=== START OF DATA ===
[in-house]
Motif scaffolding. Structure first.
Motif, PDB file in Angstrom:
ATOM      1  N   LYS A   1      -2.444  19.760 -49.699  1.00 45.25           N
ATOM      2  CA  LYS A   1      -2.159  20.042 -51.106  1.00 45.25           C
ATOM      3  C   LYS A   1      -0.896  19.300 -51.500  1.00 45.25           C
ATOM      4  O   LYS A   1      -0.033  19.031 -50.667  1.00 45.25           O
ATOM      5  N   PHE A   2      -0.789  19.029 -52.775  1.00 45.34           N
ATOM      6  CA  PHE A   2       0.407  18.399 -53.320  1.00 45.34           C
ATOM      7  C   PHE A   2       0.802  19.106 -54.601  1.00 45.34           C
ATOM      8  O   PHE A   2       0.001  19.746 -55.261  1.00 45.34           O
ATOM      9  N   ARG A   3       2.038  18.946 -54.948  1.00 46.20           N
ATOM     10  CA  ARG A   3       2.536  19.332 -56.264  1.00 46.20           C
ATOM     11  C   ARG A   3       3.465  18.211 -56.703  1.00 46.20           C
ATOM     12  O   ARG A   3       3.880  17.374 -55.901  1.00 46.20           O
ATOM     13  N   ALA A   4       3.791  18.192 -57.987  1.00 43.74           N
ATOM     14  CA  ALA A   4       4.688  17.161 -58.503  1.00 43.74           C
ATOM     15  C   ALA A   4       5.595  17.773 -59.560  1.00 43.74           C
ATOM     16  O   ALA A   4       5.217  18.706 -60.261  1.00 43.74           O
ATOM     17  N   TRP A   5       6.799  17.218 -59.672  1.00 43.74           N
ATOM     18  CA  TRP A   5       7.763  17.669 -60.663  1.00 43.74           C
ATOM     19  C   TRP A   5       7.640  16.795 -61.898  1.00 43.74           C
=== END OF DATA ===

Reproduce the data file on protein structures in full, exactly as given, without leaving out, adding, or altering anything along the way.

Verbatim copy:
[in-house]
Motif scaffolding. Structure first.
Motif, PDB file in Angstrom:
ATOM      1  N   LYS A   1      -2.444  19.760 -49.699  1.00 45.25           N
ATOM      2  CA  LYS A   1      -2.159  20.042 -51.106  1.00 45.25           C
ATOM      3  C   LYS A   1      -0.896  19.300 -51.500  1.00 45.25           C
ATOM      4  O   LYS A   1      -0.033  19.031 -50.667  1.00 45.25           O
ATOM      5  N   PHE A   2      -0.789  19.029 -52.775  1.00 45.34           N
ATOM      6  CA  PHE A   2       0.407  18.399 -53.320  1.00 45.34           C
ATOM      7  C   PHE A   2       0.802  19.106 -54.601  1.00 45.34           C
ATOM      8  O   PHE A   2       0.001  19.746 -55.261  1.00 45.34           O
ATOM      9  N   ARG A   3       2.038  18.946 -54.948  1.00 46.20           N
ATOM     10  CA  ARG A   3       2.536  19.332 -56.264  1.00 46.20           C
ATOM     11  C   ARG A   3       3.465  18.211 -56.703  1.00 46.20           C
ATOM     12  O   ARG A   3       3.880  17.374 -55.901  1.00 46.20           O
ATOM     13  N   ALA A   4       3.791  18.192 -57.987  1.00 43.74           N
ATOM     14  CA  ALA A   4       4.688  17.161 -58.503  1.00 43.74           C
ATOM     15  C   ALA A   4       5.595  17.773 -59.560  1.00 43.74           C
ATOM     16  O   ALA A   4       5.217  18.706 -60.261  1.00 43.74           O
ATOM     17  N   TRP A   5       6.799  17.218 -59.672  1.00 43.74           N
ATOM     18  CA  TRP A   5       7.763  17.669 -60.663  1.00 43.74           C
ATOM     19  C   TRP A   5       7.640  16.795 -61.898  1.00 43.74           C